Fairies might seem to have little in common with the unattractive Beast-People of the preceding chapters, but no matter how different their appearance, they perform something of a similar role. ‘I[f] fairy tales, are about anything, they are about transformation’, writes a biographer of George MacDonald (1824–1905), the subject of the present chapter. According to one study of the genre, fairy tales not only symbolise ‘transformation and its borders’ and take a myriad forms, but they ‘can represent cultural as well as personal transitions’.
MacDonald transformed the fairy tale, taking the traditional form and restructuring it, ‘giving it a moral vision, without killing it’. Even the very existence of his fairy tales constitutes a type of transformation since he turned to them after writing verse, and ‘the themes which throbbed through its lines were to take other forms, notably in fairy tales and romances’. There were further transformations, moreover, for MacDonald ‘never seemed happy with his books in any form and they changed radically from edition to edition’.
Money was a determinant in MacDonald's writing, also, for he ‘turned from writing verse to prose through economic necessity’. William Raeper quotes him saying in 1893 that: ‘I had to write for money, and prose pays the best; and I have had to write hard, too. I have always two novels on the stocks at once – I used to manage three.’ At MacDonald's peak, Raeper records, he was paid between 800 and 1,000 pounds per novel. Creative imagination and money – the latter ‘the great corrupter’ in his writings – rub together productively, but also in tension. ‘Riches indubitably favour stupidity … poverty, mental and moral development’, MacDonald wrote. Like a number of his contemporaries (including the pre-Raphaelites), MacDonald turned to a former age for values he thought wanting in his own:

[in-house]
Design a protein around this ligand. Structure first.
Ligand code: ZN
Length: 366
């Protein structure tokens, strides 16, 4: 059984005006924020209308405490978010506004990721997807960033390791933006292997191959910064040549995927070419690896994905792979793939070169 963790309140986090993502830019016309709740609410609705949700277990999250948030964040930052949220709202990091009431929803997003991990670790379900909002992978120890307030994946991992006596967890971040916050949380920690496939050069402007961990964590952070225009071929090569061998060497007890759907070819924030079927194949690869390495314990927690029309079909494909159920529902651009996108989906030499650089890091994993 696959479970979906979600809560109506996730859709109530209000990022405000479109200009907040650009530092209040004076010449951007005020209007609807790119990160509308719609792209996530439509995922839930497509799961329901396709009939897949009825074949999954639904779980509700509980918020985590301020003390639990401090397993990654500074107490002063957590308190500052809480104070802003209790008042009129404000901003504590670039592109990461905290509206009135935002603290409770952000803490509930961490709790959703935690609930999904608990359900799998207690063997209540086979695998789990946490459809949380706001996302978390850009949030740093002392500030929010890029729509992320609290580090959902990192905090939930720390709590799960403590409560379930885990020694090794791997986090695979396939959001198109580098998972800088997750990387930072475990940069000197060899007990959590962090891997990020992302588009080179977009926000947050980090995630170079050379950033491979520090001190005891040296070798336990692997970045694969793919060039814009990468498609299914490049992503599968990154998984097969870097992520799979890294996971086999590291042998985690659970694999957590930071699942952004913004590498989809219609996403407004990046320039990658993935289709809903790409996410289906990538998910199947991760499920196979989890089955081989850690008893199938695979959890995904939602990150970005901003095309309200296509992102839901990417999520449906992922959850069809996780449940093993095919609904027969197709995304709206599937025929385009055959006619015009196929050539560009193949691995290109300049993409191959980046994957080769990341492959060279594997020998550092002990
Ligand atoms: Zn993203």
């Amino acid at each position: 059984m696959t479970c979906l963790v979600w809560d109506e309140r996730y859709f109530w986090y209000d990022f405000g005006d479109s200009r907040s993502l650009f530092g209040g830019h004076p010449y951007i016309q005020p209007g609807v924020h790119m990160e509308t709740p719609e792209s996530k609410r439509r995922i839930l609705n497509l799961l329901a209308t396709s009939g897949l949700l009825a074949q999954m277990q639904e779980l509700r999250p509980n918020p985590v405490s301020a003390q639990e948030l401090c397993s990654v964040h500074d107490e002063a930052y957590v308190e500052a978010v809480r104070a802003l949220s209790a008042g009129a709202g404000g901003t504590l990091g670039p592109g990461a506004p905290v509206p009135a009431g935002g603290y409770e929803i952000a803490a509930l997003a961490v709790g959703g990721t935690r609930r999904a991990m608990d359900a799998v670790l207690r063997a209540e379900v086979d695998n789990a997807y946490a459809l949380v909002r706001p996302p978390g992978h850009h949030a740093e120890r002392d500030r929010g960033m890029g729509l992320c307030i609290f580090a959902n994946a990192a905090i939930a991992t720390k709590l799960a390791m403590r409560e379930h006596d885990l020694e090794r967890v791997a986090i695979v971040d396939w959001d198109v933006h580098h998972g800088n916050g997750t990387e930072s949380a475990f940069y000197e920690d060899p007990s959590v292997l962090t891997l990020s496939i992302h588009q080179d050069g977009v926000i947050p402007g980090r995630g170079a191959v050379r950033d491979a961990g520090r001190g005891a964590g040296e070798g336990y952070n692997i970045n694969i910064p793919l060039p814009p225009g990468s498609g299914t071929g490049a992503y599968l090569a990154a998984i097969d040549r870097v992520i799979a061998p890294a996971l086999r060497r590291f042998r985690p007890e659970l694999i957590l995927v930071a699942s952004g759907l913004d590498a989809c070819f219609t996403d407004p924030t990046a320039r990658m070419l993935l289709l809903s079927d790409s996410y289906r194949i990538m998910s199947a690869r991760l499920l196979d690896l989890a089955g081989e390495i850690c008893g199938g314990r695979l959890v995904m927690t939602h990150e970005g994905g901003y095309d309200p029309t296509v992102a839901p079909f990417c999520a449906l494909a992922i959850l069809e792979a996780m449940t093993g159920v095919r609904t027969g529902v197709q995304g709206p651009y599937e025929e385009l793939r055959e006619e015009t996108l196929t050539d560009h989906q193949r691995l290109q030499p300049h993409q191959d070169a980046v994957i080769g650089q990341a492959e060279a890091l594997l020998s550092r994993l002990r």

MacDonald was a vigorous adherent of the nineteenth-century cult of medievalism, a protest against the materialism of his day. He saw enshrined in medievalism all the virtues which he felt necessary to build a Christian society … It is easy to see how repulsed MacDonald had been by the laissez-faire ethics of selfishness and material gain.